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Radio therapy is another type of therapy incorporated in treatment of breast cancer patients, in which beams of energy that are high-powered for example x-rays are used to destroy the cancerous cells. Radiation therapy may be done using two ways (Dador, 2011). The first way is external beam radiation where a machine is used to direct rays to the patient. Brachytherapy is the other way where a radioactive material is put inside the patient’s body to emit the rays. External beam radiation is the most common method and it reduces cancer greatly especially for patients whose sentinel node biopsy has tested negative. Radiation therapy has a high level of rays, which may lead to fertility complication when carried out on the whole body or when carried around the pelvis. However, the case is different when it comes to the breast part of the body as radiation therapy has a minimal effect on the ovaries and the fertility. The minimal effect may be attributed to the distance between the breast and the pelvic section

Hormonal therapy is the other type of therapy that is used in treatment of breast cancer patients. Also called hormone-blocking therapy, hormonal therapy reduces the chance of cancer ever returning again. It may be done through several ways. For one, Tamoxifen may be used; a moderator is used to prevent estrogen from being attached to the cancerous cells hence decelerating the growth of the tumor. A medication that halts the body from manufacturing estrogen may also be incorporated. Notable about this method is that it is done after menopause of the patient (Mayo Clinic staff, 2011). A drug like fulvestrant may be used; fulvestrant blocks the movement of estrogen from reaching the tumor and lack of estrogen to the tumor leads to its demise. Surgical menopause is also a type of hormonal therapy that is much effective to premenopausal women. It involves removal of ovaries or making the ovaries stop producing estrogen using a medication. Tamoxifen has no much effect on the fertility of the patient. However, in high doses it may have an ovulation effect. The only effect it is known to have is causing abnormal or absence of menses among patients. However, use of tamoxifen during pregnancy or when trying to conceive can cause abnormalities in fetus development or risk mammary tumors occurring.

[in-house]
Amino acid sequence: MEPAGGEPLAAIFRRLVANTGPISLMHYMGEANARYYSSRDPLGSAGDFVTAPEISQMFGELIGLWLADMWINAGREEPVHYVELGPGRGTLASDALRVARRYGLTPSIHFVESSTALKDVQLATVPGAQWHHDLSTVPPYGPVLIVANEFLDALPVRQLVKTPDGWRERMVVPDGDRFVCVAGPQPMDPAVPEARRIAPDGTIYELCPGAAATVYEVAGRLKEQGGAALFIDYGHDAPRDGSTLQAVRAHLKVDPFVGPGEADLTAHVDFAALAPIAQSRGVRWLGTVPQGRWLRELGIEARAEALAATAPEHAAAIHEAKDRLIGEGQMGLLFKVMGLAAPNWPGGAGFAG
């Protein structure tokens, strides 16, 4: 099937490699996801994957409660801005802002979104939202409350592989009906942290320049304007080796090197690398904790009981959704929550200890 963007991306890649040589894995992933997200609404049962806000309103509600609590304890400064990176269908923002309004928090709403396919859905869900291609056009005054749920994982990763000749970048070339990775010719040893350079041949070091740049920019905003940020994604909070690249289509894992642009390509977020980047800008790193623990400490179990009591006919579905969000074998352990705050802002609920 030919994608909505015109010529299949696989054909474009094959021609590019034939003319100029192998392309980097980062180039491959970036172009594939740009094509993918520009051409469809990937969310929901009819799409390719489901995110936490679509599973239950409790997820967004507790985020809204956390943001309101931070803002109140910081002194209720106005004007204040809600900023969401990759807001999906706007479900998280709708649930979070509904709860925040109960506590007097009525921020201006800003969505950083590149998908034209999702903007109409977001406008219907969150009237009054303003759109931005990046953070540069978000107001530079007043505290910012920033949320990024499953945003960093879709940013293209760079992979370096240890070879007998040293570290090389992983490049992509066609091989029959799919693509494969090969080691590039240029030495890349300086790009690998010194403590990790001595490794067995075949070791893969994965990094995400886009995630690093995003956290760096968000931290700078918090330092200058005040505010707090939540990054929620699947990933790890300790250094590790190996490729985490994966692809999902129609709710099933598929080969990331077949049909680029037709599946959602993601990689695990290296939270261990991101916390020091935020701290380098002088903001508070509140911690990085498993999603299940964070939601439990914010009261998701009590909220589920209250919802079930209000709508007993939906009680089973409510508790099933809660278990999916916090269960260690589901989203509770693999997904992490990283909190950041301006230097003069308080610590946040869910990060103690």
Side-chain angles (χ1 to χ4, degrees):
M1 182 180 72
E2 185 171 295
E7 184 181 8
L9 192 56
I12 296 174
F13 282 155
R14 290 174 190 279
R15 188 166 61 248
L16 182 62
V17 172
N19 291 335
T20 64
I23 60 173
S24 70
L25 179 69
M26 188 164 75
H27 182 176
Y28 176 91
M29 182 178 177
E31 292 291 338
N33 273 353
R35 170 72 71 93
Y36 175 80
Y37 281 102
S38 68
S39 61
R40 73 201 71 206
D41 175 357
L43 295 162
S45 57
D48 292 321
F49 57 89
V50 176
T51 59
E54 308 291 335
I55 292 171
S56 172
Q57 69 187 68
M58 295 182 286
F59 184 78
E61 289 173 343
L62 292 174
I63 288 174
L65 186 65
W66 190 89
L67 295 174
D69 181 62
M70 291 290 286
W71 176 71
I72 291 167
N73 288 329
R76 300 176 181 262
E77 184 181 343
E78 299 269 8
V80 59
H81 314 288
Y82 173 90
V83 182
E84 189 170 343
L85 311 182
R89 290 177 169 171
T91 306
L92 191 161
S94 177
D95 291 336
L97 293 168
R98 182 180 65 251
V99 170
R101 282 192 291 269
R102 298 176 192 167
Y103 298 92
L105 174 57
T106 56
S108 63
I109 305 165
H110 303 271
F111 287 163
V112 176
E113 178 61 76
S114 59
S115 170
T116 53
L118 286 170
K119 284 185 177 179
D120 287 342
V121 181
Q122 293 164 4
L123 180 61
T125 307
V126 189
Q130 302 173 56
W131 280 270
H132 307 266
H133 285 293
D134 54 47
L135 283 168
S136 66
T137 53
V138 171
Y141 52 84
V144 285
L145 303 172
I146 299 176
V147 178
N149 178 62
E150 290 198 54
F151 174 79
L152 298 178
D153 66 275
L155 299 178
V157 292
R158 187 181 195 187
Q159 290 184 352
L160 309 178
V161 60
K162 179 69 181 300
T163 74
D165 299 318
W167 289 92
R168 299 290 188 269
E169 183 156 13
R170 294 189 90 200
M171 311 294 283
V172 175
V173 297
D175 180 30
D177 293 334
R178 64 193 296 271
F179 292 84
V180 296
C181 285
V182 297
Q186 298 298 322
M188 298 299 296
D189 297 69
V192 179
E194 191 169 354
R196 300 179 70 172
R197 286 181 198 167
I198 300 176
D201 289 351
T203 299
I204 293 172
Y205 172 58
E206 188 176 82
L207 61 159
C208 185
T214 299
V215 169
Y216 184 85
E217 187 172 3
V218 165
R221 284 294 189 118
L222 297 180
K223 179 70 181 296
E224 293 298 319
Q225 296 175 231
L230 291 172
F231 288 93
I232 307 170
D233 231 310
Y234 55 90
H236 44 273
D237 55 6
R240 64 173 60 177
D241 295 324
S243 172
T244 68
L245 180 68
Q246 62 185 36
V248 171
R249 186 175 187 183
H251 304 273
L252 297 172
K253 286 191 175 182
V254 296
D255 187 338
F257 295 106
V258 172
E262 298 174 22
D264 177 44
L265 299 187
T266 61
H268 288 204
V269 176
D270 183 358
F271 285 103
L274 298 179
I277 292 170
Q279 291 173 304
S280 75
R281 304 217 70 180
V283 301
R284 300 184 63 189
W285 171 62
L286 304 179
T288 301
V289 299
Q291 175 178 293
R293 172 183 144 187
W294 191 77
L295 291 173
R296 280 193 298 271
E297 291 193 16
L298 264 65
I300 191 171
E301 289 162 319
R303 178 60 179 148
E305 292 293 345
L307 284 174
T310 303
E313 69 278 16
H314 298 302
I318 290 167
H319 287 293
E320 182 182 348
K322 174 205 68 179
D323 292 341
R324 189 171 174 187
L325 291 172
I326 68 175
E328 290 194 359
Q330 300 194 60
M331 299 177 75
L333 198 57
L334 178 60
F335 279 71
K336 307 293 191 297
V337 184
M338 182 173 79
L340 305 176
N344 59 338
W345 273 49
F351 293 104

In the recent years, there have been attempts to preserve the fertility of breast cancer patients. This is usually done through the following ways. One such method is ovary suppression. It is usually done during chemotherapy where the cycle involved in maturation is interrupted by use of gonadotropin-releasing hormone (Hulvat & Jeruss, 2009). The use of this hormone leads to reverse follicle mobilization that prevents increase of Follicle stimulation hormone (Dunn, 2009). However, there is conflicting evidence in usage of this method, and this calls for more experiments to be carried out to determine its effectiveness.

Ovary tissue cryopreservation is a method of preserving fertility where the patient is first subjected to laparoscopic surgery. The surgery involves removal of the entire ovary and is replanted at a later time. When the follicles survive three methods of re-implantation are used: re-transplantation of the ovarian tissue back into the patient’s pelvis, known as orthotropic auto grafting, re-implantation of the tissue back into a patient but in a different location, known as heterotopic auto grafting and finally, xenografting (Hulvat & Jeruss, 2009). The method is advantageous as it does not cause delay in the procedure and it does not require ovarian stimulation in the case of hormone sensitive breast cancers.